As a longtime geek and software developer, it only took minutes for me to find a way around the blackout. It's easy to take for granted the ease of access we all have to vast
stores of information on the web. 

My first reaction to the blackout made me think blackmail

Here we have Wikipedia essentially holding their information hostage, allowing a relatively small minority with the skills and wherewithal to work around the block, while the rest scrabble around looking for other sites with information they need, or... gasp... going outside and walking to the public library to interact with a real, living human being to do their research.

For the duration of Wikipedia's blackout, there may be some who will suffer, albeit on the level of many relatively trivial first-world problems. Students scrambling to finish their research paper due later today will have to make do with various other sites that tell you about alternatives or help you work around the block. Someone looking up the etymology of mango for trivia with friends over lunch will have to look past the first or second search engine result.

Yet, it is sobering to think how much people will suffer should SOPA in its initially proposed form pass. Freedom of information is core to the internet and fundamental to the continually evolving paradigm introduced by the information age. Clearly SOPA threatens that liquidity of information and, in fairly typical form, reveals how ignorant politicians succumb to the swansong of SOPA supporters trying the latest shotgun approach in a weak effort to combat theft of intellectual property.

I'm happy to share information which will enable others to freely view Wikipedia despite the blackout, but in retrospect perhaps Wikipedia realized how easy it would be to work around the block, and get others at a similar place in life as myself to think for a moment about what it might be like for the rich Persian rug of information to be swept out from under our feet with the fall of a gavel in Congress.

Friday, February 4, 2011

Block Reddit Gold on User Pages

Recently, Reddit added a new link beneath users' overview section of their page:
treat yourself to reddit gold

Also if you happen to be checking out another user's profile, you'll see:
buy (another user) a month of reddit gold

I enjoy Reddit a great deal, and I don't block their sponsored ad banners even though I otherwise have AdBlock Plus enabled, but I found this linkage a bit annoying.

To remove it from your own Reddit user page, you can copy and paste the following Element rule to your AdBlock Plus filter list:[href="/gold"]

To prevent the link from appearing on other users' pages, add another rule with the following slightly different syntax:[href*="/gold?goldtype=gift"]

Here's a screenshot showing how the rules appear:

Friday, September 24, 2010

Use AdBlock Plus in Firefox to Block Wibiya Toolbar

I'm increasingly finding Wibiya with their annoying toolbar overlay appearing on sites I visit, complete with a bouncing alert message revealing to me that I can update my status on multiple social networks at once. Wow.

Note the pastel coloring, gee, guess what that reminded me of?

I Need To Jump Into The Nearest Volcano And DIE!

On the bright side, a double down arrow lives on the far right end of the overlay, past some Olympic hurdle-style links to the Wibiya RSS feed (useless), a Share link (useless), YouTube (redundant), Blogger (redundant), and a "Powered by Wibiya" link (I... could... care... LESS). On the dark side, clicking the double down, while it does hide most of the overlay, still leaves an irritating little tab.

A quick search revealed this post which describes using the Firefox add-on Adblock Plus to prevent the Wibiya overlay from appearing. The first suggestion in the post to add just "" to my AdBlock Plus configuration didn't hide the overlay for the site I was visiting, but a closer read at an update to the original post based on another visitor's comment revealed that adding the base Wibiya URL, "http://**", effectively blocks the Wibiya overlay, including the tab, from appearing.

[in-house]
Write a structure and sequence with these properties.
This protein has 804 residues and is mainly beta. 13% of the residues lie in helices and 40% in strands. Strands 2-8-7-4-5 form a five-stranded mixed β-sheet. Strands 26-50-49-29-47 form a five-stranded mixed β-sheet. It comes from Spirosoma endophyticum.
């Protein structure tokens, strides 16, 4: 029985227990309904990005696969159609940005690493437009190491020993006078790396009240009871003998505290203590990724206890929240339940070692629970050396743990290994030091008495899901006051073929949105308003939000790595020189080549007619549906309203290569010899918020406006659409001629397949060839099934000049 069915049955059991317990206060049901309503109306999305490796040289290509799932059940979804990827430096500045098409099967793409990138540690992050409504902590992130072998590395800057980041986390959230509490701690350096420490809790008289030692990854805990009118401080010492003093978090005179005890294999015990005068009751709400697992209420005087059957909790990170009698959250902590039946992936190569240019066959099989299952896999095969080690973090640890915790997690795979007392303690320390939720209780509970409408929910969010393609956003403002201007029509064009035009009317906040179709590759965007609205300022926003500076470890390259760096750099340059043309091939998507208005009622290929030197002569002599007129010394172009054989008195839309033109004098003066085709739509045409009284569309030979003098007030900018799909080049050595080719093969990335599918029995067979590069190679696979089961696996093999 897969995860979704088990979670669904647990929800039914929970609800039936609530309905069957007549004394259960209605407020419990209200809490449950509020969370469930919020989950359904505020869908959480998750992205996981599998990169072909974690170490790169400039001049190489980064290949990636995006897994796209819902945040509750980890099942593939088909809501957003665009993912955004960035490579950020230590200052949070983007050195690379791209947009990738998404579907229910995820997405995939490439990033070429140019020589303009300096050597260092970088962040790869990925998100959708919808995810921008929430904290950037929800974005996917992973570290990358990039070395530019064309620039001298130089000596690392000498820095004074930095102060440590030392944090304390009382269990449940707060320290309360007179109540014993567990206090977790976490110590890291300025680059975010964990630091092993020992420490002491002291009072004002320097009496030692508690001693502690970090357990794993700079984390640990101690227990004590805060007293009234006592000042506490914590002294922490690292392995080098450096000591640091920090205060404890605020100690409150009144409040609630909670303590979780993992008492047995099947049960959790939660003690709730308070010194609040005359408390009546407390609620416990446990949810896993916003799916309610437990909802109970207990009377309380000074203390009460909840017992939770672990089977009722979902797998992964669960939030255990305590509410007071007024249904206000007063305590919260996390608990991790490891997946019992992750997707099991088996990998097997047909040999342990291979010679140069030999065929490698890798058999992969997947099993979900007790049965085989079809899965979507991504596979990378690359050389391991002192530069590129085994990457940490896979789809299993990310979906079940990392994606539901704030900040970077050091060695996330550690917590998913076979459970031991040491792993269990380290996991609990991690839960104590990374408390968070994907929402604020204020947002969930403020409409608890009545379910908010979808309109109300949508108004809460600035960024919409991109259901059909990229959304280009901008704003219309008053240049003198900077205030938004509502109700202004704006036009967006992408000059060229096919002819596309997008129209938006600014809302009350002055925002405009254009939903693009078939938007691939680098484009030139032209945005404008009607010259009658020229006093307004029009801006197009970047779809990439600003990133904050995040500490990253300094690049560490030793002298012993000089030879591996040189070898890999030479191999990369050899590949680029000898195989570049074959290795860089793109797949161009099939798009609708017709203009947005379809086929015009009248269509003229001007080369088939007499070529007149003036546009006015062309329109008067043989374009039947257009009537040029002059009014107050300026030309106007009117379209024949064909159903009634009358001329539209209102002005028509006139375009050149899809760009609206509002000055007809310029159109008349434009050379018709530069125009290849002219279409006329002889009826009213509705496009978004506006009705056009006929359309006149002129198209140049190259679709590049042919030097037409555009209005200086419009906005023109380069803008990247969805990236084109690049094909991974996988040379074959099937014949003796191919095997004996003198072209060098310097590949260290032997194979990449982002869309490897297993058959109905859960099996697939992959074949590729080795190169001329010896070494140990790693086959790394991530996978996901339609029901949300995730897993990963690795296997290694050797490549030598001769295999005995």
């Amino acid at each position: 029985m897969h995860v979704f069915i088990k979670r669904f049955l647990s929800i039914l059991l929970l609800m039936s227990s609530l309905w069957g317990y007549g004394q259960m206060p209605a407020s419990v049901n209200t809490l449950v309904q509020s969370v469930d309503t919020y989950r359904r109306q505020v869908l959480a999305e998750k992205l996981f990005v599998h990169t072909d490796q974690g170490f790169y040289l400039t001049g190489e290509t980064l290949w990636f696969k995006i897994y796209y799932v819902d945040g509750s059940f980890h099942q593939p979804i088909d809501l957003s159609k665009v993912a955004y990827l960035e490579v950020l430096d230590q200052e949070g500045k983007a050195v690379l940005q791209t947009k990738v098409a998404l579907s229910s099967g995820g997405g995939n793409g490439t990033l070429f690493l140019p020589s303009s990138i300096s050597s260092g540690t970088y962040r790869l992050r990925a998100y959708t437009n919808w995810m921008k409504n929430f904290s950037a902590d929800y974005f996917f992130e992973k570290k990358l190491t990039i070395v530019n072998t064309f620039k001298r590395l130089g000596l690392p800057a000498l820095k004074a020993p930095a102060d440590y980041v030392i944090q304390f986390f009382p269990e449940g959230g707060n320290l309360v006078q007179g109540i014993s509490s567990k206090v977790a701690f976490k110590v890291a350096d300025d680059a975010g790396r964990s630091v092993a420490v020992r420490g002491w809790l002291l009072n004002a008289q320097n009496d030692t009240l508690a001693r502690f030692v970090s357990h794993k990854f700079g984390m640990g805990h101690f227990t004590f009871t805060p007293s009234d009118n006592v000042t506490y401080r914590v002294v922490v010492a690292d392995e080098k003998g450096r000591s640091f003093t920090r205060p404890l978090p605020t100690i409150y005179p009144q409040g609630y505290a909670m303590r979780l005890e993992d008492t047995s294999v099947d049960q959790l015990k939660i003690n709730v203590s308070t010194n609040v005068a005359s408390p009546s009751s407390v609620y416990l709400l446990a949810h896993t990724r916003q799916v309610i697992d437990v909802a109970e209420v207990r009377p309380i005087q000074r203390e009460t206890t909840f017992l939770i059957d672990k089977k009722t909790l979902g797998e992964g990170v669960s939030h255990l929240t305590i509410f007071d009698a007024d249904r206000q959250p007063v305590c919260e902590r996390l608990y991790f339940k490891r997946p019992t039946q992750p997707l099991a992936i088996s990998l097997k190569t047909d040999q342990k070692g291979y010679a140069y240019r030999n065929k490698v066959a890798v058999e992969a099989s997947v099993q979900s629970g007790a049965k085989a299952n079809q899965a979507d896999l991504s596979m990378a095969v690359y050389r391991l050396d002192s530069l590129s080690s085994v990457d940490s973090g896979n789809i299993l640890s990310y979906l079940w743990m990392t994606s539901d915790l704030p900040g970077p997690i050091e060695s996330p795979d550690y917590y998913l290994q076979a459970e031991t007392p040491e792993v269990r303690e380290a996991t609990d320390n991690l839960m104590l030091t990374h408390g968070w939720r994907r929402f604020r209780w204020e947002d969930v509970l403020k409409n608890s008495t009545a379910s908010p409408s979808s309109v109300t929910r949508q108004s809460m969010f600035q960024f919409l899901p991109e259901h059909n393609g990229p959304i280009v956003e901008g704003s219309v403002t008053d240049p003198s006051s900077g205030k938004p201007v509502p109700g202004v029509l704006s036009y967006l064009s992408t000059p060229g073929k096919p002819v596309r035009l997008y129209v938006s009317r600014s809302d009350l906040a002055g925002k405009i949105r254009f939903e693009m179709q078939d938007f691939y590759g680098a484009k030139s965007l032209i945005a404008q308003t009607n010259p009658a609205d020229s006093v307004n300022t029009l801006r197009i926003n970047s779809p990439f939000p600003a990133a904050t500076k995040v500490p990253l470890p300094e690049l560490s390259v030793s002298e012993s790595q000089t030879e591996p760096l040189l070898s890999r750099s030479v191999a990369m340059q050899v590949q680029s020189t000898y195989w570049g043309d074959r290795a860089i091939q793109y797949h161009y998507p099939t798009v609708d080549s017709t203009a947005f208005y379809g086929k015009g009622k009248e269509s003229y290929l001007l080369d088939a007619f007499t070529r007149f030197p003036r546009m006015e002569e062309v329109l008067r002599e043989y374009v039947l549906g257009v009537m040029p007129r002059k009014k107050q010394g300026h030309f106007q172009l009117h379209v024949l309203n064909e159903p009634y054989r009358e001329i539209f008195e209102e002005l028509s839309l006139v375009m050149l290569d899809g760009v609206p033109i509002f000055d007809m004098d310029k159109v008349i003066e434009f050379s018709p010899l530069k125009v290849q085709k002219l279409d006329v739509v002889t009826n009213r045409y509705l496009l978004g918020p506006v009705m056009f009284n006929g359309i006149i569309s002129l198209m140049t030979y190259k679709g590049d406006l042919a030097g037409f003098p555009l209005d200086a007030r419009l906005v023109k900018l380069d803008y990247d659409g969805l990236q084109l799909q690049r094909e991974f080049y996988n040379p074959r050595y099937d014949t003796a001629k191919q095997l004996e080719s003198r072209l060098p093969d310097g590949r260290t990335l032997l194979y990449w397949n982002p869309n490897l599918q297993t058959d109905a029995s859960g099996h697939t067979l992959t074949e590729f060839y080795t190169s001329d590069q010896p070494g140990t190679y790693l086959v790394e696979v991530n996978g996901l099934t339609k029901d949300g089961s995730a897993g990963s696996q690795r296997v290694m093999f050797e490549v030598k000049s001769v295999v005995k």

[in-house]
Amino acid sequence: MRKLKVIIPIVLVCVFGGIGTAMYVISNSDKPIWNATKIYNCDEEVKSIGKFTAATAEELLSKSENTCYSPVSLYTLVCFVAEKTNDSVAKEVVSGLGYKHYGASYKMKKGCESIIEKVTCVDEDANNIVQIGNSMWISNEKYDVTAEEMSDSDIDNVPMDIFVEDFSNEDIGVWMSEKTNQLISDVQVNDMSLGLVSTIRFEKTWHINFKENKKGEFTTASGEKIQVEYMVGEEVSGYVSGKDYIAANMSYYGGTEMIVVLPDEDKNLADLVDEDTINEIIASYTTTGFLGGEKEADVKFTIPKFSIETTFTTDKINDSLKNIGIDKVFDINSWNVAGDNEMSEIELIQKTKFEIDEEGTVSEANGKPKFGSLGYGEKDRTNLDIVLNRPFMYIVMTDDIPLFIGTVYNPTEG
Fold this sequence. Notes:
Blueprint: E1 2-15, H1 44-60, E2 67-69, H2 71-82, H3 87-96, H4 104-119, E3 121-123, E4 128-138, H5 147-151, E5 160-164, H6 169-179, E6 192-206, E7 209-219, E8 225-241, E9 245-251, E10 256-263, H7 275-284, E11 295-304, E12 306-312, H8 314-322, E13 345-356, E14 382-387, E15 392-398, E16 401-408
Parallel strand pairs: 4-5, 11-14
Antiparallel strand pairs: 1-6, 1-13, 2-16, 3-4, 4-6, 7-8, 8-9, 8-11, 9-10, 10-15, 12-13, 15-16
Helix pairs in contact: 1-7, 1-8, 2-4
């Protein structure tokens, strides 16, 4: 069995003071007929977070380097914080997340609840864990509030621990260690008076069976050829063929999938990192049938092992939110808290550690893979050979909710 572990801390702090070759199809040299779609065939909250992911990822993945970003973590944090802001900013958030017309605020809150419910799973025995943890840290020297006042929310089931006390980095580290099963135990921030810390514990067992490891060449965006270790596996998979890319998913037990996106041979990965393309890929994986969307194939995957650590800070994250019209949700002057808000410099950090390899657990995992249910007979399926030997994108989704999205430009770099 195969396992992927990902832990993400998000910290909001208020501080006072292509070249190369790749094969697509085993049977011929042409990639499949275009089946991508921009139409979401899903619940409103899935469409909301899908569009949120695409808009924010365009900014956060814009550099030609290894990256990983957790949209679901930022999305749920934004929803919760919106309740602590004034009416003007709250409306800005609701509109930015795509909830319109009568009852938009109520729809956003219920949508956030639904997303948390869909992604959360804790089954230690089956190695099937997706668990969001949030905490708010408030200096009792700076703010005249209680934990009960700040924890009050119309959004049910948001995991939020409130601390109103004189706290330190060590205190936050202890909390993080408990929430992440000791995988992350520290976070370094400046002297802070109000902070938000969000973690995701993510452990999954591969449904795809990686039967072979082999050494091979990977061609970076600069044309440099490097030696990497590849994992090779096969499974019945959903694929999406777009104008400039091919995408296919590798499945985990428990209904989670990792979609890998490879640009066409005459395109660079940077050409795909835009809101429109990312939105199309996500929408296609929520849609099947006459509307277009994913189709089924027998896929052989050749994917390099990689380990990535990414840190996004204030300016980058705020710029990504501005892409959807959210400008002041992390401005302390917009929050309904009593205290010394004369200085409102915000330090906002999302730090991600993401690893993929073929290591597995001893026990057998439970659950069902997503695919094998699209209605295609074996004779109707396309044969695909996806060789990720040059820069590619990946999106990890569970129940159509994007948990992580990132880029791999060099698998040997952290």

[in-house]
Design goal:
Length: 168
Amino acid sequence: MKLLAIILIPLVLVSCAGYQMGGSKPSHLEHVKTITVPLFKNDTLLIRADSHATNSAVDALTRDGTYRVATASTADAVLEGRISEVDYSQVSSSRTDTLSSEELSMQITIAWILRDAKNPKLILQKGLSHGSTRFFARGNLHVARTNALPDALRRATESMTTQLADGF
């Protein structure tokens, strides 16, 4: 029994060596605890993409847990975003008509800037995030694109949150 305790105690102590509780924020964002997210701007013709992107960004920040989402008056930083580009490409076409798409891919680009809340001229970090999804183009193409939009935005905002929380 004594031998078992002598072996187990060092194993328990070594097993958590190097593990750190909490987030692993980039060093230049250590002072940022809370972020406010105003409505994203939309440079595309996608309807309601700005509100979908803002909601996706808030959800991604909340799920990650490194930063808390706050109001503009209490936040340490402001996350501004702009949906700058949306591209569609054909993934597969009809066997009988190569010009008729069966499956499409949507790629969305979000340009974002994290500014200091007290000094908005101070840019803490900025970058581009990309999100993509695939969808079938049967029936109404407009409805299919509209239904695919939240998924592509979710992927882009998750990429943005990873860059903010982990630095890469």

I'm among those who finds absolutely useless the links to the various social networking sites which Wibiya's overlay provides. It's not so much that I'm antisocial, but see, I use tabbed browsing, I can just keep whatever site huddled among my tabs and not clutter a specific page I'm trying to read with a toolbar-like overlay.

Even if the bouncy, bubbly cartoon bubble vanishes after my first visit, the rest is quite useless. To me, it's a mystery why anyone thinks this would be a popular, let alone useful way to interface with social networking. I can understand finding a given blog post or other site interesting enough to want to share on Facebook or Twitter, I grant them that, but why not use a much less obtrusive, static button for those respective services?

Anyway, kudos to Firefox and AdBlock Plus yet again for providing an easy, flexible means to disable annoying Wibiya tools which, to me, are as useful as bicycle to a fish.

Friday, October 16, 2009

How To Block New Ads

Recently, digg has embedded new advertising within its list of news stories, making them easier to click and detracting from what might otherwise be an interesting glance at potentially interesting copy.

You can click Bury to blot the ad out, leaving an "X" and the parting remark, "We'll try to give you fewer ads like that one." Well, gee, how about NO ads instead??

To hide this advertising, you can use Firefox in conjunction with the AdBlock Plus add-on and a companion extension, the Element Hiding Helper.

Here's a screenshot of the digg frontpage with just AdBlock Plus enabled. Note that the third entry from the top is a sponsored ad for weight loss supplements. How annoying!

The Element Hiding Helper lets you seamlessly hide text elements appearing as part of the useful content of the page you're viewing. In this case, the new ad element digg is using is encapsulated by a div tag which resembles this:
     <div rel="digg-ad:xyz" style="z-index: 5;" class="news-summary v img-summary sponsored"> 

I chose to filter the ad based on the rel attribute of the tag, specifically the "digg-ad" portion which is consistent from one of the new digg ads to the next (the xyz is a number which differs with each ad element).

I brought up the AdBlock Plus Preferences, and clicked Add Filter. Then, I input the element syntax like so:[rel*="digg-ad"]

The ensures that I'm focusing on filtering these particular elements from only, while the remaining syntax filters out elements where the rel attribute begins with digg-ad.

Now, the result, no more sponsored ad element:

You'll also notice that in among the preferences list is a new subheading, "My Element Hiding Rules", which are rules specific to hiding elements within the web page itself.

You can find a good explanation here on how to pinpoint and filter elements that you find obscure your browsing experience.